An Act reducing the financial burden of surprise medical bills for patients

A recent study found that found that 22 percent of the time, patients who went to a hospital covered by their plan still received a bill from a doctor who was out of network. The average such bill cost more than $900, and the highest was for more than $19,000. Patients should never be subject to surprise bills, whether in an emergency situation or otherwise. Several states have passed legislation aimed at tackling this bait-and-switch problem, including New York, Florida and California. This legislation ends surprise billing by (1) requiring out-of-network providers in emergency care situations to work with the patient’s insurer (who is statutorily required to cover emergency services) and not balance bill a patient for additional costs, (2) requiring out-of-network providers at a participating/in-network facility to work with the patient’s insurer (who is already required to cover these services) and not balance bill a patient for additional costs, and (3) requiring out-of-network providers to perform an eligibility check and obtain appropriate consent before performing services on a patient.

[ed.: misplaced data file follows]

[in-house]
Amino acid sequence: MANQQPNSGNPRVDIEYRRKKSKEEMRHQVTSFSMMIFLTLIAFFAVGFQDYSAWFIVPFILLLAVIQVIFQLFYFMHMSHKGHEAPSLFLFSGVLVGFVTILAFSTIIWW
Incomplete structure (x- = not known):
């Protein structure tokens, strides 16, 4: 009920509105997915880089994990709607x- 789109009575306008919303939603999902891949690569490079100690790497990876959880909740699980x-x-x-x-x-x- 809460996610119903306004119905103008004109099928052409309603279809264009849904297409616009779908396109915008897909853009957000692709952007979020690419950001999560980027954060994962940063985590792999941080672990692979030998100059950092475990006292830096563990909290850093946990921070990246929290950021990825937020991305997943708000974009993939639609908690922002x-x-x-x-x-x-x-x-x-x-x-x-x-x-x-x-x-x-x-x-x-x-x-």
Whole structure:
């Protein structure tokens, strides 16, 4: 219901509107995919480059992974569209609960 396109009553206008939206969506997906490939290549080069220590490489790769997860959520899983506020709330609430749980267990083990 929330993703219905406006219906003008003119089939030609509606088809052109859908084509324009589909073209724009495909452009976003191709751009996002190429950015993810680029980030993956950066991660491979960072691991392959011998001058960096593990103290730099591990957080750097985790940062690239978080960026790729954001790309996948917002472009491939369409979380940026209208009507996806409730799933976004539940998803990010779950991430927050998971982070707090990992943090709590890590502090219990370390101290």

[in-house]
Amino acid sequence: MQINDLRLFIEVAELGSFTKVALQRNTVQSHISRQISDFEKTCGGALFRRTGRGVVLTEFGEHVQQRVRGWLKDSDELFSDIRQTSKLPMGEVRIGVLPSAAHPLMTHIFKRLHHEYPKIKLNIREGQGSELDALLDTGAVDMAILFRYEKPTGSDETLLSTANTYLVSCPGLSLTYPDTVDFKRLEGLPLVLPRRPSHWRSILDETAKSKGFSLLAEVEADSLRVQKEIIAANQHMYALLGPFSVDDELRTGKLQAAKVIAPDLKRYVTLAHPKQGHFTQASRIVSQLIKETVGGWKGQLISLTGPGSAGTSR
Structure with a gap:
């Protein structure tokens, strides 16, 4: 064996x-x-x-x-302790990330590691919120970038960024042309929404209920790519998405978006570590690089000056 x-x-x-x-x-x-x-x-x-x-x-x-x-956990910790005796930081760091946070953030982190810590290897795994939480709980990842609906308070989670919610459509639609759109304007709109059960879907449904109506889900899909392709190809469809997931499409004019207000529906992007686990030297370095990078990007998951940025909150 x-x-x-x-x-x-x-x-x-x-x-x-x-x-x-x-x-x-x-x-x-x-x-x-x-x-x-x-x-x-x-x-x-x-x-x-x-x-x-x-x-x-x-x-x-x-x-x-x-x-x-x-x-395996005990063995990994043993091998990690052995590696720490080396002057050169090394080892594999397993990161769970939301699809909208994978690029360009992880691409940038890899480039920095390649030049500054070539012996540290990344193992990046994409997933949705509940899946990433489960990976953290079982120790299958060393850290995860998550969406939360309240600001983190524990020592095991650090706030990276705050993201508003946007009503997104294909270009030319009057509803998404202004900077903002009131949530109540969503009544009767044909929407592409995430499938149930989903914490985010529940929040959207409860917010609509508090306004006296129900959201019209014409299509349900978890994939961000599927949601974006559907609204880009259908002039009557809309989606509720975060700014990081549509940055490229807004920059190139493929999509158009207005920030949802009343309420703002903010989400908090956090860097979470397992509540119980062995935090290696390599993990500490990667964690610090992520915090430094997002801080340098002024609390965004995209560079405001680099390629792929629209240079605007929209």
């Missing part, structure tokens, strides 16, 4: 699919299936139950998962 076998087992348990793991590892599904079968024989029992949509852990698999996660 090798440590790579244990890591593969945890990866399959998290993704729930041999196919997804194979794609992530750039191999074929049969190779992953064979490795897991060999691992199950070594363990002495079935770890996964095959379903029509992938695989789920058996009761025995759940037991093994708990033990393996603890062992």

An Act relative to health insurer reserve requirements

This bill increases transparency and requirements around the amount of risk-based capital (RBC) held by carriers. Currently, the surplus of Massachusetts insurers is higher than both the minimum statutory standards and the minimum RBC standards that the state’s Division of Insurance (DOI) uses for monitoring purposes. All of the insurers exceed the 200 percent Company Action RBC level, some by a factor of two or three. Under this bill, carriers exceeding 600 percent would be listed publicly on the DOI website and would be required to submit testimony to the DOI on the continued need for additional surplus as well as how the carrier will use the additional surplus to reduce the cost of patient premiums.


An Act relative to the governance of the Health Policy Commission

This legislation adds a registered nurse who is licensed to practice in Massachusetts to the board of the Health Policy Commission. The governor would be responsible for appointing an eligible nurse. It also adds a public health expert with experience in implementing strategies to eliminate health care disparities to the board. The attorney general would be responsible for appointing an eligible public health expert.